Using Raman Spectroscopy for Detection of Leaks in Sealed Micro Structures

Many microdevices (such as accelerometers, sensors and mechanical parts) are composed of silicon fused with glass. Contamination is a large risk to these devices, as they are hypersensitive to a variety of environmental components, such as dust, dirt and humidity. Protection from this contamination is therefore provided by hermetically sealing within an area entirely filled with an inert gas (e.g., N2). If this seal is compromised, the instantaneous performance of the device is not affected, but the overall lifetime can be greatly reduced.

Within automobiles, micromachined accelerometers are used for airbag activation. When the accelerometers accelerate, a suspended component is moved. This movement produces an electrical signal which is proportional the amount of acceleration. The device sits upon a transparent borosilicate glass substrate, and is hermetically secured by a silicon cap. The accelerometer is also made within a dry nitrogen atmosphere to ensure that the atmosphere within the enclosure is chemically inert.

The best method for detection of leaks within hermetically sealed microdevices is through the use of Raman microscopy. By focusing the incident laser beam through the glass substrate , the Raman scattered protons can be measured, detecting contaminants contained within the cavity whilst maintaining the seal.

Schematic drawing of the experimental setup.

Figure 1. Schematic drawing of the experimental setup.

Experimental

The HoloLab™* 5000 Raman microprobe from Kaiser Optical Systems, Inc. was utilized to obtain the Raman spectra, with an incident laser of 532 nm and a power of 50 mW. It took 6 minutes to procure the results. Using a 50× objective on a microscope, the laser was focused through the borosilicate glass window, resulting in a confocal spot diameter upon the sample of 16 µm. To prevent background oxygen contamination of the spectra, the Raman microprobe was also purged with argon.

Raman spectra of two microdevice cavities

Figure 2. Raman spectra of two microdevice cavities. Chip #1 is uncontaminated; chip #2 is contaminated with oxygen.

Glass Pharmaceutical Vials

Another application of Raman spectroscopy is the analysis of headspace gases in pharmaceutical vials. Some drugs are broken down by CO2 and therefore require sealing within a N2 environment. The content of the headspace gases is initially determined to ensure quality-control. Usually, CO2 is used within Raman spectroscopy as it ensures a good Raman scatter. However, testing revealed that the concentration was minimal. Instead, the concentration of the O2 band can be compared to the N2 band, revealing the amount of air leakage. This is enabled due to the HoloPlex™ transmission grating from Kaiser Optical Systems, Inc., which grants the collection of the whole spectrum from a single attempt. Since there is normally 21% O2 in the atmosphere, this value is used to indicate contamination within the headspace.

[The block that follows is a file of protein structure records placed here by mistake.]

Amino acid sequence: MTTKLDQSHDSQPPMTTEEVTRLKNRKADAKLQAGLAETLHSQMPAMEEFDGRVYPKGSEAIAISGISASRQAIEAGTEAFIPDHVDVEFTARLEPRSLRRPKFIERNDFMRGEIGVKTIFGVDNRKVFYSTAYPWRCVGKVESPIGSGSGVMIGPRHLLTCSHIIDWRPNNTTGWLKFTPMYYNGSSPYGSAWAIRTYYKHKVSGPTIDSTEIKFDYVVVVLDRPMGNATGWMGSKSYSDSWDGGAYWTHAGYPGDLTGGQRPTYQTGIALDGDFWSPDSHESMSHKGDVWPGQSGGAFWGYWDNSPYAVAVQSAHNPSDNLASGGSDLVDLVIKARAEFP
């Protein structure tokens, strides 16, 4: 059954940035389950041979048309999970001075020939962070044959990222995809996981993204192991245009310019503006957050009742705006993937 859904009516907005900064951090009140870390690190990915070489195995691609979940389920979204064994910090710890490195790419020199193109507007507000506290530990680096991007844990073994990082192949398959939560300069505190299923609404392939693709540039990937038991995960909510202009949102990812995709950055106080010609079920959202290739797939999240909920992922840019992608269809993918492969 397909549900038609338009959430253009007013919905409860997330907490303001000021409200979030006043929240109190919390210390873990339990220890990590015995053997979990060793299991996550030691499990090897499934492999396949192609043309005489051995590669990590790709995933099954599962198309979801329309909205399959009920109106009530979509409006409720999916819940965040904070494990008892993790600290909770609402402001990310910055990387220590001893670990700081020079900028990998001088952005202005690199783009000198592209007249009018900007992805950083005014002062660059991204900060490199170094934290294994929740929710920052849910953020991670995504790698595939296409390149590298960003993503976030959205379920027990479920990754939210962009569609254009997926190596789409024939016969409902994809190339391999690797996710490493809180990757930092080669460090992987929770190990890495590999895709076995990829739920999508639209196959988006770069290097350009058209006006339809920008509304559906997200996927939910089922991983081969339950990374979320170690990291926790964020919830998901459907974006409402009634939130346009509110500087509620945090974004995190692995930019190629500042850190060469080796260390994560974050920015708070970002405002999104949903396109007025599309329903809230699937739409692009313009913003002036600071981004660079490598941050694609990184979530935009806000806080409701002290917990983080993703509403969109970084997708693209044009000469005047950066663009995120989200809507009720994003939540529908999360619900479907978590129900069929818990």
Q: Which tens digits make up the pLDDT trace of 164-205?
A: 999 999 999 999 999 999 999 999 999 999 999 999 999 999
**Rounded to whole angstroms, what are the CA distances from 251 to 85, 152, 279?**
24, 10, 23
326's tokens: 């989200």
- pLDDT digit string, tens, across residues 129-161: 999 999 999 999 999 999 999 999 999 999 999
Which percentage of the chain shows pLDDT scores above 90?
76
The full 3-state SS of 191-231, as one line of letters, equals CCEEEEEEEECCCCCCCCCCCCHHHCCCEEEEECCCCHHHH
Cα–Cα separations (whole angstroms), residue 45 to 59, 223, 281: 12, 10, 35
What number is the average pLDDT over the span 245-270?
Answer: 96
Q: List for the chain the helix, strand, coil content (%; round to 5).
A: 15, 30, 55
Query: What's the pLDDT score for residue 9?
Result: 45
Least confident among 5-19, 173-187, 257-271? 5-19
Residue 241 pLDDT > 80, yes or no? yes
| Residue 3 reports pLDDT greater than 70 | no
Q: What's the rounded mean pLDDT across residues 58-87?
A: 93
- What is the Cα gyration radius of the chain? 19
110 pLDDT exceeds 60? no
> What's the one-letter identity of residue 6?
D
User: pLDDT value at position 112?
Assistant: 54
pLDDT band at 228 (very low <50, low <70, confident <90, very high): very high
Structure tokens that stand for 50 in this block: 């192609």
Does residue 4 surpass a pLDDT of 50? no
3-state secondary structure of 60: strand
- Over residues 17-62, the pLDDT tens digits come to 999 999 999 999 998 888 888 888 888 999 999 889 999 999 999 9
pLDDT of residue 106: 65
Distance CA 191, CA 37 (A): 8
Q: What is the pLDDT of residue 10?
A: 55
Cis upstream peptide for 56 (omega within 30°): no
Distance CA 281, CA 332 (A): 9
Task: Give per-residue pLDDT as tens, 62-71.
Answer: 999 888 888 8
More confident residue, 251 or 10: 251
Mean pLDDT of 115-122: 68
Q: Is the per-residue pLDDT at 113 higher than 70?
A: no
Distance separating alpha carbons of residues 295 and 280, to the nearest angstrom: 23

Raman spectrum of air, with the O2 and N2 bands marked.

Figure 3. Raman spectrum of air, with the O2 and N2 bands marked.

Distillation Monitoring

Distillations can be supervised by frequently measuring gas components within the headspace of the column.

In a study, acetone was distilled from water. As the distillation began, there was an increase in volatile acetone which was boiled out of the water/acetone combination, leading to an increase in concentration within the headspace. This acetone then accumulated within the collection flask, resulting in a decrease in the headspace. After around 15 minutes, this acetone was totally removed from the water, and resulted in boiling of the water. This therefore leads to an increase in a corresponding Raman band. This study used an incident laser (90 mW, 532 nm), which was aimed at the glass distillation column. The Raman scatter was then measured scatter at 180o. This method can also be utilized on an industrial scale by applying an immersion optic. Additionally, the head of the probe and the analyzer can be remotely placed to protect them from the harsh environments of the distillation column.

Raman spectra of the column headspace as acetone is distilled from water.

Figure 4. Raman spectra of the column headspace as acetone is distilled from water.

Conclusion

Therefore, Raman spectroscopy can be applied to analyze headspace gases in clear capsules as it does not require contact with the sample, and so the capsule does not need to open. The concentrations of chemical species can also be quantified by measuring the areas of the spectral bands.

References:

  • Weber, W.H.; Zanini-Fisher, M.; Pelletier M.J., “Using Raman Microscopy to Detect Leaks in Micromechanical Silicon Structures,” Applied Spectroscopy, Vol. 51, No. 1, 1997, 123.
  • Gilbert, A.S.; Hobbs, K.W.; Reeves, A.H.; Jobson, P.P., “Automated headspace analysis for quality assurance of pharmaceutical vials by laser Raman spectroscopy,” SPIE, Vol. 2248, 1994.

This information has been sourced, reviewed and adapted from materials provided by Kaiser Optical Systems.

For more information on this source, please visit Kaiser Optical Systems.

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